Many organizations manage their content using enterprise content management (“ECM”) systems like SharePoint, Office 365, FileNet, Open Text, or Documentum. These ECM systems are really databases that permit organizations to associate various classifications, tags, and descriptions (collectively, “attributes”) to the content being managed and to use those attributes to find specific documents.
Parties seeking documents without seeking the associated attributes from ECM systems leave themselves less able to work with and analyze the produced documents. Furthermore, full-text searching is often used to collect or cull responsive documents. Agreeing to search terms without agreeing to what full text is going to be searched can cause a requesting party to receive far fewer documents.
For example, full text searching of the text on the face of documents will yield one set of documents, but full text searching that includes all ECM document attributes will result in a larger, more exhaustive set of documents. Also, the terms appearing in tags or classifications provide a way to link to other content within the organization.
If a requesting party does not explicitly reference ECM classifications, tags, or descriptions early in the discovery process beginning with discovery requests and meet & confers, it leaves an out for the responding party to focus just on the text within the document and to avoid a “redo” if the requesting party waits too long to raise the issue of searching and producing the attributes.
There are two general approaches to seeking ECM document attribute information. One is to speak of these attributes as metadata. The benefit of taking this approach, especially if taken very early in the discovery process, is that there is a general presumption that metadata ought to be produced, see, e.g., Judge Scheindlin’s opinion in National Day Laborer *1/ and the Sedona Principles 2d. *2/
One slight risk here is that there may be lawyers and judges who will think of only system metadata, i.e., only of date created, date last modified, file size, and folder path/filename, and the party seeking disclosure may have to overcome this negative learning.
Another possibly better approach is to view the process of obtaining ECM document attributes as a type of database discovery as described in the Sedona Conference database discovery guidance published in 2011 *3/. This contemplates the requesting party being able to see the database schema for the tables and fields maintained in the ECM database. This is important because ECM systems provide for user-created custom fields, some of which may be significant, some of which may be irrelevant. Without examining the schema the requesting party has no way of knowing what attributes are actually available.
For example, the SharePoint documentation *4/ mentions that users could set up fields or columns for:
- Purpose of document
- Intended audience
- Department responsible for financial implications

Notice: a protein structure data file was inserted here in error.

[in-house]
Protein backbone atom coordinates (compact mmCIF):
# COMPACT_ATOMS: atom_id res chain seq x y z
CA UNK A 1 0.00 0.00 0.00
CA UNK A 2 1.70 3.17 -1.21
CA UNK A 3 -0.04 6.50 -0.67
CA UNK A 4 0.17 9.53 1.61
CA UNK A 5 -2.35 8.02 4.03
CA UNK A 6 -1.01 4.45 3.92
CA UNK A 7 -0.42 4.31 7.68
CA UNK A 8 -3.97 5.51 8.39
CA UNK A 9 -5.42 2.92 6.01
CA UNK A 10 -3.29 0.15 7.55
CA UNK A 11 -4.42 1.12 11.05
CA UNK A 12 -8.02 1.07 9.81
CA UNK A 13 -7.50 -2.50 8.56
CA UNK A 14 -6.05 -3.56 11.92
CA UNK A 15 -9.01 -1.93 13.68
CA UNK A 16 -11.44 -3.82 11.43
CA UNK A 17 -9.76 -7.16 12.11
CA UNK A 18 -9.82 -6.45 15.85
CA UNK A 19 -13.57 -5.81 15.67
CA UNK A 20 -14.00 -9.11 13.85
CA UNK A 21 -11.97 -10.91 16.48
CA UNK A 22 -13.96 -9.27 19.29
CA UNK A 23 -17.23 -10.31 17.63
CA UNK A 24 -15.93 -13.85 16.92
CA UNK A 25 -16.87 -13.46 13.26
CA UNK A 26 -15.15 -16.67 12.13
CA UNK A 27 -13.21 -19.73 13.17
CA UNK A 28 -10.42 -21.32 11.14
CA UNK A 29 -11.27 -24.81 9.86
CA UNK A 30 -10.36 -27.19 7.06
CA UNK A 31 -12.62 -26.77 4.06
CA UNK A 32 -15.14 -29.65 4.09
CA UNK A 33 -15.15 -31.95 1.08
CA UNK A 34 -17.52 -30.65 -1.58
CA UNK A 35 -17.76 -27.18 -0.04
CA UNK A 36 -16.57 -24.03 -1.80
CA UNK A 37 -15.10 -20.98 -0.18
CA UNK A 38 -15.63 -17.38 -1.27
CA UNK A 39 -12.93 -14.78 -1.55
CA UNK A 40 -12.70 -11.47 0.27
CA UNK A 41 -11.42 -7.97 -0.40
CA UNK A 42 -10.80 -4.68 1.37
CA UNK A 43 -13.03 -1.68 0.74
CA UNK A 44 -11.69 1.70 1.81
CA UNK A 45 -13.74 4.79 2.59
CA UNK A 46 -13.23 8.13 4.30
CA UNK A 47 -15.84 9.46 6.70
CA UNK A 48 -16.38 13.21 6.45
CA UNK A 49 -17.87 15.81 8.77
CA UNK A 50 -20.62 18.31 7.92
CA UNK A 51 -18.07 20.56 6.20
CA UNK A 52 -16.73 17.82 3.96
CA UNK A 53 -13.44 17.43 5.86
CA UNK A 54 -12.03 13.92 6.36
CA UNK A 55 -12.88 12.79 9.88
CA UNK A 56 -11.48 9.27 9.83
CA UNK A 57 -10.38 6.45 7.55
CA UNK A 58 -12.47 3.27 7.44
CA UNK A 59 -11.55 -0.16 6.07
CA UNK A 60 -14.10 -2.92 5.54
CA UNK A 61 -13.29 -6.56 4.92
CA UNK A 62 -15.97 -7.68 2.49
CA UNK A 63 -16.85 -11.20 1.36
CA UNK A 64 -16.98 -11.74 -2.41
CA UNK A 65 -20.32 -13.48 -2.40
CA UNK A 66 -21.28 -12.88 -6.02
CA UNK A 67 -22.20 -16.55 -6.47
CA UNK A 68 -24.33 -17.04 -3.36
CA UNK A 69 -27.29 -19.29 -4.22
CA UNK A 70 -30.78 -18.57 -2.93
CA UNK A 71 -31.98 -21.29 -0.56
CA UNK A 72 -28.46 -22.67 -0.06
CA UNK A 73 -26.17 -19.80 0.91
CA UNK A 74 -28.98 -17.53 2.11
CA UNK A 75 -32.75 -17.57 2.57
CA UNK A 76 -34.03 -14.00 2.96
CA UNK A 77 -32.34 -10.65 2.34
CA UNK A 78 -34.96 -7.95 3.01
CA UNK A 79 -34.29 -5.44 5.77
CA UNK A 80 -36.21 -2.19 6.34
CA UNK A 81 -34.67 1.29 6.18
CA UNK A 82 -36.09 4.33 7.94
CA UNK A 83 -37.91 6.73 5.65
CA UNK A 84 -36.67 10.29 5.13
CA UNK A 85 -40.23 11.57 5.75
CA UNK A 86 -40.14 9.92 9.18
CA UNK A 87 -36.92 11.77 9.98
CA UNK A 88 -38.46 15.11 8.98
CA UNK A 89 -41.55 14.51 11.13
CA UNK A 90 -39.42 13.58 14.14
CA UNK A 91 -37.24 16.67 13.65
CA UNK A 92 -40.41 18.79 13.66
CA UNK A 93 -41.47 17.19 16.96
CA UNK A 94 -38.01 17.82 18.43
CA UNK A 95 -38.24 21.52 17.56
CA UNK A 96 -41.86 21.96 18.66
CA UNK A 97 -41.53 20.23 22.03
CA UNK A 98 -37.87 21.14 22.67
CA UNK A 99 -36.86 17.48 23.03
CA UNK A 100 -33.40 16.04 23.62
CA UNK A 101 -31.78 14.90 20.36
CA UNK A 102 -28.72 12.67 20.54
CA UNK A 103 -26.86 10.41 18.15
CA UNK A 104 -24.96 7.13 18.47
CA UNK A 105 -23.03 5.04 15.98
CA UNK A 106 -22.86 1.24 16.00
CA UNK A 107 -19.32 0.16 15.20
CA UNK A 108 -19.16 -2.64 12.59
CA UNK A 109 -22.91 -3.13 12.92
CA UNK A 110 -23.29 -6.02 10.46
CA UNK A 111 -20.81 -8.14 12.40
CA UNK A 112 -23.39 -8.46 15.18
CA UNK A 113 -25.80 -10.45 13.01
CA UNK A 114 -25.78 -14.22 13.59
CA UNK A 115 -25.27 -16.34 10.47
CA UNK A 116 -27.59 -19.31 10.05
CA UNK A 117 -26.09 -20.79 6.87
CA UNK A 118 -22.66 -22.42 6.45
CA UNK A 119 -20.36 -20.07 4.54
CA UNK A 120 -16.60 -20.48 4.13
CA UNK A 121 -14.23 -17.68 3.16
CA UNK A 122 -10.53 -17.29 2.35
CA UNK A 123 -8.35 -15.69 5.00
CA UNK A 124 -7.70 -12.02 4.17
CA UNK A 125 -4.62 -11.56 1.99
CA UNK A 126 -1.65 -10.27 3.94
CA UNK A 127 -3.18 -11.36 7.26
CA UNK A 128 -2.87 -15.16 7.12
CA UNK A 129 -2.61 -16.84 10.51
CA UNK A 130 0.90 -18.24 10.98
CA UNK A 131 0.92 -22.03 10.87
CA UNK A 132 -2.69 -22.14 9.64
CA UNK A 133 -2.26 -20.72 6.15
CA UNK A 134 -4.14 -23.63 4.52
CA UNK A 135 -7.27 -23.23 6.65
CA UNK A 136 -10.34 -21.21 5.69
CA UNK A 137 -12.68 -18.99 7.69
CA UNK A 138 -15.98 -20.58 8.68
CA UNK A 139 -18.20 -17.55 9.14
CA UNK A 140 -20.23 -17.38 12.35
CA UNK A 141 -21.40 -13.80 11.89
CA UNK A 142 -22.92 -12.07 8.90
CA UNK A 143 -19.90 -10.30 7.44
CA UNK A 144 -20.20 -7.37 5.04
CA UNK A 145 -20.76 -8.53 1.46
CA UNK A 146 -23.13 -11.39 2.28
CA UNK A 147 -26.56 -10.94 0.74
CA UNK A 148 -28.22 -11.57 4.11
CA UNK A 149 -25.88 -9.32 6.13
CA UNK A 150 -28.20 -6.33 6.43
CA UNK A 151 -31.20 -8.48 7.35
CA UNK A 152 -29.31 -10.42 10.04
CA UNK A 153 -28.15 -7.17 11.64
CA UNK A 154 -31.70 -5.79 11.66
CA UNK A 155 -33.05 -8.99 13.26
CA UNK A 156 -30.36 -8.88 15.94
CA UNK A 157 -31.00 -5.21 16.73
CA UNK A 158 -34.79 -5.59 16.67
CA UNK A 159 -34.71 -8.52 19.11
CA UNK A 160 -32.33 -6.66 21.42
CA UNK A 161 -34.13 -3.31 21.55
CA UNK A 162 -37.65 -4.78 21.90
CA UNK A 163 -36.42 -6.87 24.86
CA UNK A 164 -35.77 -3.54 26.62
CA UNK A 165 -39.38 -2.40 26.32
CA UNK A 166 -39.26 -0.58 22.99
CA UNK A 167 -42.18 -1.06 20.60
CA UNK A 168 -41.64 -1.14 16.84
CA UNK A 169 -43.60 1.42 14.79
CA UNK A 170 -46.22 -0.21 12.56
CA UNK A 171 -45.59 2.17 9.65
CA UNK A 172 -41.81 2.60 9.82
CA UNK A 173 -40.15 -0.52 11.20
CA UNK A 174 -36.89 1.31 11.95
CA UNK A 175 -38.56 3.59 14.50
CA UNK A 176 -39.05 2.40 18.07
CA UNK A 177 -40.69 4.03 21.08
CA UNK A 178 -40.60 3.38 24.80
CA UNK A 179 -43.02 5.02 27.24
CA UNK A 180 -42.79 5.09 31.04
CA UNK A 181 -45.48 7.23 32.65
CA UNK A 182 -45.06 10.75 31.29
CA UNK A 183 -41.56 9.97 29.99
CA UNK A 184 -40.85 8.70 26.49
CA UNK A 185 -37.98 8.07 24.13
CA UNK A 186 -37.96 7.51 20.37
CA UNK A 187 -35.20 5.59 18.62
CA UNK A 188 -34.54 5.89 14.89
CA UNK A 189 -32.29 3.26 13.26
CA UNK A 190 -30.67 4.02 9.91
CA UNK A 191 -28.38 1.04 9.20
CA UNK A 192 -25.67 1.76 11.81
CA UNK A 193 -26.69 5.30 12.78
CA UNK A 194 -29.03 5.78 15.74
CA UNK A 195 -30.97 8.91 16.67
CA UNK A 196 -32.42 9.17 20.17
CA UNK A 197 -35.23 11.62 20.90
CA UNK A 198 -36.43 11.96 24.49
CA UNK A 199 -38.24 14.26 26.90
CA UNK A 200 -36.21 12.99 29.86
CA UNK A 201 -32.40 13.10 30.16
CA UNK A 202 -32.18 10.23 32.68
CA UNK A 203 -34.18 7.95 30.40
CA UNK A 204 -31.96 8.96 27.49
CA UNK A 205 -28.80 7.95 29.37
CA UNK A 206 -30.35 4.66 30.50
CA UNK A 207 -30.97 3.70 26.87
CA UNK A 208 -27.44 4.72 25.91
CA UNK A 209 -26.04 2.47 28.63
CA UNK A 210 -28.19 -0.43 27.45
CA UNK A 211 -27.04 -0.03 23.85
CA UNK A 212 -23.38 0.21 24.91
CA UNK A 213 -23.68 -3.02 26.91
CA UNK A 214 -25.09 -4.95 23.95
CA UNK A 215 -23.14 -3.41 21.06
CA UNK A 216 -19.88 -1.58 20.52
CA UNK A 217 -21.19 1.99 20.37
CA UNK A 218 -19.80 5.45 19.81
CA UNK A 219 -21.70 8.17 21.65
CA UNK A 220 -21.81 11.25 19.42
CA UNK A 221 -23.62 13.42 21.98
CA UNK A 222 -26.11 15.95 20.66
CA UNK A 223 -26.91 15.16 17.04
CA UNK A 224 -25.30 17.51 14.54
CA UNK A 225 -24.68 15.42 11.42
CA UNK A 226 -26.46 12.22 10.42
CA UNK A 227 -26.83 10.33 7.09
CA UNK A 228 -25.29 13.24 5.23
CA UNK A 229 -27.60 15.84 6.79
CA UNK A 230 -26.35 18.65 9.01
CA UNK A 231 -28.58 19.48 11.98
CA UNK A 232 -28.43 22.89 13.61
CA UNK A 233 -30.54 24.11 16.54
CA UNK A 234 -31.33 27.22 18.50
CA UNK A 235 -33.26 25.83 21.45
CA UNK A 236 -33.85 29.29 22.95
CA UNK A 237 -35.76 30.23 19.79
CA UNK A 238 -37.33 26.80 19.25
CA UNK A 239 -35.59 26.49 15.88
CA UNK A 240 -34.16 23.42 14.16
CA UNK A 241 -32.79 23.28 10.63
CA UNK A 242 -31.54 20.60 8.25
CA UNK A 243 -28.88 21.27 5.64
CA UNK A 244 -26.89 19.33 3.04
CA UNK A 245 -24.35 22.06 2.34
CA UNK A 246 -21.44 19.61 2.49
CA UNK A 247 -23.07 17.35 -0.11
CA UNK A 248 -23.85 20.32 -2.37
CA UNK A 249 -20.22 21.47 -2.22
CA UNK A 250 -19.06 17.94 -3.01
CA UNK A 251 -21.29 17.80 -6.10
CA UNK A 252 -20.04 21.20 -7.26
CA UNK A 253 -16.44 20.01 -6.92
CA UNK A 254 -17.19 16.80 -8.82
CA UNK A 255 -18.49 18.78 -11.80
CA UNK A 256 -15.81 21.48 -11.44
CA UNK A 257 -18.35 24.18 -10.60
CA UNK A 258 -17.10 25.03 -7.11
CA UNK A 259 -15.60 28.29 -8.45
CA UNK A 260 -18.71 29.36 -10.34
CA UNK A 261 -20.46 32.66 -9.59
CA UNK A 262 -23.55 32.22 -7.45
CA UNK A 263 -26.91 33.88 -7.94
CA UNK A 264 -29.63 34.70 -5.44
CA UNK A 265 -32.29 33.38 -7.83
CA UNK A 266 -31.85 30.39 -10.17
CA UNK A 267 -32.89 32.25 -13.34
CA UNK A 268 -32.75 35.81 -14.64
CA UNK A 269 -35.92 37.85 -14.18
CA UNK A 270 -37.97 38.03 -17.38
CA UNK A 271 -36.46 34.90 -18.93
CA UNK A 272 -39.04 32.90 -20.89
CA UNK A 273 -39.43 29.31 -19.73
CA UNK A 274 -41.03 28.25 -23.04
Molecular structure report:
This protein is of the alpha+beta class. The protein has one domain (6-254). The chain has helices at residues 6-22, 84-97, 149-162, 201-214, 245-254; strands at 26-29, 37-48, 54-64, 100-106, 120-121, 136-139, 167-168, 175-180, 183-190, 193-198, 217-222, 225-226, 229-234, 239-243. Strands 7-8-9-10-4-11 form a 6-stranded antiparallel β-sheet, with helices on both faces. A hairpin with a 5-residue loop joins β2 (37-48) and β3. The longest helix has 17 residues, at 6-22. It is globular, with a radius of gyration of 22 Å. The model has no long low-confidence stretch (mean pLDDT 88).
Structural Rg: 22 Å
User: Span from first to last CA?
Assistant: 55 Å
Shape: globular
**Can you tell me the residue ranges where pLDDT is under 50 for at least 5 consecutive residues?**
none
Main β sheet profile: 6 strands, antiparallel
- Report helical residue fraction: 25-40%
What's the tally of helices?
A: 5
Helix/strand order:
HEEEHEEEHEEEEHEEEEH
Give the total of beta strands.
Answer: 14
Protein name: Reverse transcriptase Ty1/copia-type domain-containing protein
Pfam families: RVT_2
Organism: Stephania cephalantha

- People who’ve edited the document
Information provided in those fields or columns will provide valuable context for evaluating the significance of documents.
Proportionality is always an issue in discovery – does the value of the information sought exceed the cost of obtaining it? One point the party seeking ECM attribute information is that if the party that uses the information day-to-day needs attribute information to be able to work with it on a day-to-day basis, how much greater is the need for the requesting party which lacks that familiarity?
As noted in the Sedona Conference database guidance, the producing party should be able to export the desired attribute information in a form that the requesting party can then import or overlay in its litigation support or e-discovery review tool. In other words, the requesting party should not need to actually license a copy of the ECM system software.
For more information on managing unstructured content, go to the following link to download your free, personal-use copy of Guide to Managing Unstructured Content: https://beyondrecognition.net/download-john-martins-guide-to-managing-unstructured-content/
For related earlier posts, see:
- “E-Discovery: Using Path Names & Filenames to Create Folksonomies,” https://beyondrecognition.net/e-discovery-path-names-filenames-for-folksonomies/
- “Missing Calendar Items? Might be Missing the E-Discovery Boat,” https://beyondrecognition.net/missing-calendar-items-missing-e-discovery-boat/
*1/ National Day Laborer Organizing Network vs. US Immigration and Customs Enforcement Agency, 877 F. Supp. 2d 87 (S.D. NY 2012), https://scholar.google.com/scholar_case?case=16613916971224539339
*2/ The Sedona Principles: Best Practices Recommendations and Principles for Addressing Electronic Document Production (2d ed. 2007) (“Sedona Principles 2d”), Principle 12 (“[P]roduction should be made in the form or forms in which the information is ordinarily maintained or in a reasonably usable form …”). https://thesedonaconference.org/download-pub/81
*3/ Sedona Conference™ Database Principles Addressing the Preservation and Production of Databases and Database Information in Civil Litigation, April 2011: https://thesedonaconference.org/publication/The%20Sedona%20Conference%C2%AE%20Database%20Principles%20Addressing%20the%20Preservation%20and%20Production%20of%20Databases%20and%20Database%20Information%20in%20Civil%20Litigation
*4/ Microsoft, “Introduction to managed metadata,” https://support.office.com/en-us/article/Introduction-to-managed-metadata-a180fa28-6405-4679-9ec3-81d2028c4efc
*5/ Craig Ball, “Databases in Discovery,” Ball in Your Court blog, Nov. 1, 2015, https://ballinyourcourt.wordpress.com/2015/11/01/databases-in-discovery/